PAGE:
• Vol. 31 No. 6, 738–744
  • 15 November 2002

Early Unplanned Readmission of Elderly in Singapore: A Retrospective Study



Study Objective: To study the incidence and profile of elderly patients requiring early unplanned readmission within 15 days of discharge from a regional hospital and the predictive factors for readmission. Patients: All patients (n = 150) aged 65 years old and above who were readmitted within 15 days into the hospital’s geriatric unit in the western region of Singapore over a period of 10 months were retrospectively studied.

Methodology: Demographic data, information on patients’ medical problems and social environment were gathered from the patients’ medical, nursing and therapist records. A control group (n = 103) consisting of patients not readmitted over 15 days were gathered over the same period.

Results: The percentage of readmission over the period between 1 January 1999 and 31 October 1999 was (150/1632) 9.2% (95% CI, 7.8% to 10.7%). There were a total of 150 patients with an equal number of male and female patients. The patients had a mean of 4 medical problems. Cardiovascular disease was noted in 73% (95% CI, 65.5% to 80.2%) of the patients during the index admissions. They were noted to be ambulatory and were staying with their own families. Half of the patients were discharged from the index admission with no adjustment to their previous care system. The majority of patients (68.7%; 95% CI, 59.9% to 75.4%) required readmission because of medical problems. Fifty per cent of the patients admitted for a new medical complaint were secondary to sepsis. Thirty per cent (95% CI, 22.8% to 38.0%) of the study population had both medical and social issues. The main predictive factors noted when compared to a control group of 103 patients (using a stepwise logistic regression model) were number of medical problems (P = 0.0128; OR = 1.4; 95% CI, 1.1 to 1.9) and number of previous admissions (P = 0.005; OR = 1.6; 95% CI, 1.2 to 2.3).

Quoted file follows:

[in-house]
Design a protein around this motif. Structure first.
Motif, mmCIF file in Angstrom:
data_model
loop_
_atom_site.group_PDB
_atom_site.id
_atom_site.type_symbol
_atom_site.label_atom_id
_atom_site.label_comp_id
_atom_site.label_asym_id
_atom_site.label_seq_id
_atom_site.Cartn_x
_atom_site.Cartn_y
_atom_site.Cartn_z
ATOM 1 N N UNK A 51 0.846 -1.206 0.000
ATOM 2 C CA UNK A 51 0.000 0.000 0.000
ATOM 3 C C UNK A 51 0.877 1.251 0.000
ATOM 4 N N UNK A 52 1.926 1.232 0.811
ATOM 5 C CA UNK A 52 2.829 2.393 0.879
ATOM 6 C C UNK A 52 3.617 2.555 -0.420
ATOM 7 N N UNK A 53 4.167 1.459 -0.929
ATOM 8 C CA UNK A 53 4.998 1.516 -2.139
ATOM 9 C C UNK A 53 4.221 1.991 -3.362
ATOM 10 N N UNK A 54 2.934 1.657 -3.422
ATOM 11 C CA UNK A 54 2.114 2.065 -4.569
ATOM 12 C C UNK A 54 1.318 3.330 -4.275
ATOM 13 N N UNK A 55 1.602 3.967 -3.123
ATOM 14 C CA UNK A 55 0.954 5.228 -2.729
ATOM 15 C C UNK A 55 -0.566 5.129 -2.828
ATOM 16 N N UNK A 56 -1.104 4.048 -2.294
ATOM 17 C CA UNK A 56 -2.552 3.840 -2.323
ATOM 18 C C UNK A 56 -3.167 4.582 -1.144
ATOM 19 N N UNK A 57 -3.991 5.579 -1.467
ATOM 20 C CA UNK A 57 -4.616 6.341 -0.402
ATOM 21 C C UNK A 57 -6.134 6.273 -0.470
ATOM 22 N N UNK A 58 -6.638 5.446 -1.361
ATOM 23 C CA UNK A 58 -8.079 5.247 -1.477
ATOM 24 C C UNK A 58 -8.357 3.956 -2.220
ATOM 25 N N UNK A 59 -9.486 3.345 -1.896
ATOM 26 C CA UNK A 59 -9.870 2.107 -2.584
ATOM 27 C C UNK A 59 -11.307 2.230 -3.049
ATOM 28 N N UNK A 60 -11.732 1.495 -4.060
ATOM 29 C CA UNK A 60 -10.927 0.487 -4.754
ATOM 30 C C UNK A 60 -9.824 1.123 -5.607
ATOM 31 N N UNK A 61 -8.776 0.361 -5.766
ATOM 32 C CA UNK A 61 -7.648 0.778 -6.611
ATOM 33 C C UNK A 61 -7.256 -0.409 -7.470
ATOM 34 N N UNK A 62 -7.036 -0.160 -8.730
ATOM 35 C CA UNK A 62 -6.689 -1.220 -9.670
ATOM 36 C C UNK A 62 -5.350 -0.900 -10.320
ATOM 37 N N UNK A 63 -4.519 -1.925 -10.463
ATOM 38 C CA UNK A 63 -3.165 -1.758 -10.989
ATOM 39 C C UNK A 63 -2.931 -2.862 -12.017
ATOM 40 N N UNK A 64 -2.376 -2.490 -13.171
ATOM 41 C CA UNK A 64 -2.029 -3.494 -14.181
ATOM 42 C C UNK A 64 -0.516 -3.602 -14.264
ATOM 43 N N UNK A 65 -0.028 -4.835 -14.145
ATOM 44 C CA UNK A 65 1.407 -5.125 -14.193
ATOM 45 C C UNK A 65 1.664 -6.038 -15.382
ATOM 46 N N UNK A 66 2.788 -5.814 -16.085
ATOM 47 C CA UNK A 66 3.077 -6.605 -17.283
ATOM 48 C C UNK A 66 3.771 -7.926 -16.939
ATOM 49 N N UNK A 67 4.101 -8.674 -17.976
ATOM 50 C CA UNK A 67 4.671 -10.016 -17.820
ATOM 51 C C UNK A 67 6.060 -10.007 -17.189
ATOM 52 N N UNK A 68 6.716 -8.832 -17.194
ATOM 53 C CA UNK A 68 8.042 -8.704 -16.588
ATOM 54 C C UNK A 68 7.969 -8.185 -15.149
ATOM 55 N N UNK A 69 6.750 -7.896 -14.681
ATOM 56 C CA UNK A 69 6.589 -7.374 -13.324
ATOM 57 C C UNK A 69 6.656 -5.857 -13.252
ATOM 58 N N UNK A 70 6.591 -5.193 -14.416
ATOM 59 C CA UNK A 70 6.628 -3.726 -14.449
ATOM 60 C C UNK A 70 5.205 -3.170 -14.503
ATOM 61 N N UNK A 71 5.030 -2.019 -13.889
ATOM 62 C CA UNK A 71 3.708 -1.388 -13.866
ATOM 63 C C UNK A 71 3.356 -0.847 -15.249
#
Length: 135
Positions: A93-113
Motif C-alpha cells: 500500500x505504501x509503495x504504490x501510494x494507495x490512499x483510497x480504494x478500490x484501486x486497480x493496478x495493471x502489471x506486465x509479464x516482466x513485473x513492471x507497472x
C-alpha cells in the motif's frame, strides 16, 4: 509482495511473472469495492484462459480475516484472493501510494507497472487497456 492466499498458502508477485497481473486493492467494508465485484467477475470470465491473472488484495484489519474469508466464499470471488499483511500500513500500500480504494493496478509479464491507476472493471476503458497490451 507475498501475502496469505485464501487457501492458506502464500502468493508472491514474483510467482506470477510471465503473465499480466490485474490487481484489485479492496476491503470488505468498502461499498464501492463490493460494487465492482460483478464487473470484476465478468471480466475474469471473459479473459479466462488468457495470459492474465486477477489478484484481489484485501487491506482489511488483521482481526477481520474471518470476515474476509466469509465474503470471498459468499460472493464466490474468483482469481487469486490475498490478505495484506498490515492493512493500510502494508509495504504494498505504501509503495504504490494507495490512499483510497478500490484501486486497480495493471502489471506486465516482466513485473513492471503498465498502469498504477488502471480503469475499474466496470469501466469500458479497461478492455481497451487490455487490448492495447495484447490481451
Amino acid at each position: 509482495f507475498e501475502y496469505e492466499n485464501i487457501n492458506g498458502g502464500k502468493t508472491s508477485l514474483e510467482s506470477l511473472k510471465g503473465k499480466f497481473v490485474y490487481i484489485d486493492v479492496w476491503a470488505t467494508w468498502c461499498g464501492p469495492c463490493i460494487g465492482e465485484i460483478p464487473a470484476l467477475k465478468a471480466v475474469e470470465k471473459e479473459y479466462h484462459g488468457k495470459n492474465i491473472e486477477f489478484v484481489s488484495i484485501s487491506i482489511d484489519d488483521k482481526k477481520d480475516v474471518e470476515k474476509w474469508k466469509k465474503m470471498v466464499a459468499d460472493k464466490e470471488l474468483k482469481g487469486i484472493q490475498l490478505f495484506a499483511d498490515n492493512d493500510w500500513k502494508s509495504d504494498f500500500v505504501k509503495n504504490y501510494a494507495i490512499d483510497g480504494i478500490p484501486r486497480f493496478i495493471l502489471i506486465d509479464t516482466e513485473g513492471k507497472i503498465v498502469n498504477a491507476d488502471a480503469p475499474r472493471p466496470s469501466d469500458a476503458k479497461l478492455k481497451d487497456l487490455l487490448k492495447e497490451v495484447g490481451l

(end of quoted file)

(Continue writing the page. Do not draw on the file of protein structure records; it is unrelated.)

Conclusion: Unplanned readmissions are relatively common in elderly patients. They cannot be entirely prevented in view of multiple chronic illnesses. Further studies, looking at early detection of medical problems and prevention of nosocomial infections are warranted to decrease the problem of readmissions for this group of elderly.

The number of elderly people in Singapore is expected to increase over the next 2 decades. The proportion of those 60 years and above is estimated to increase from the present 11% to 27% by the year 2030.

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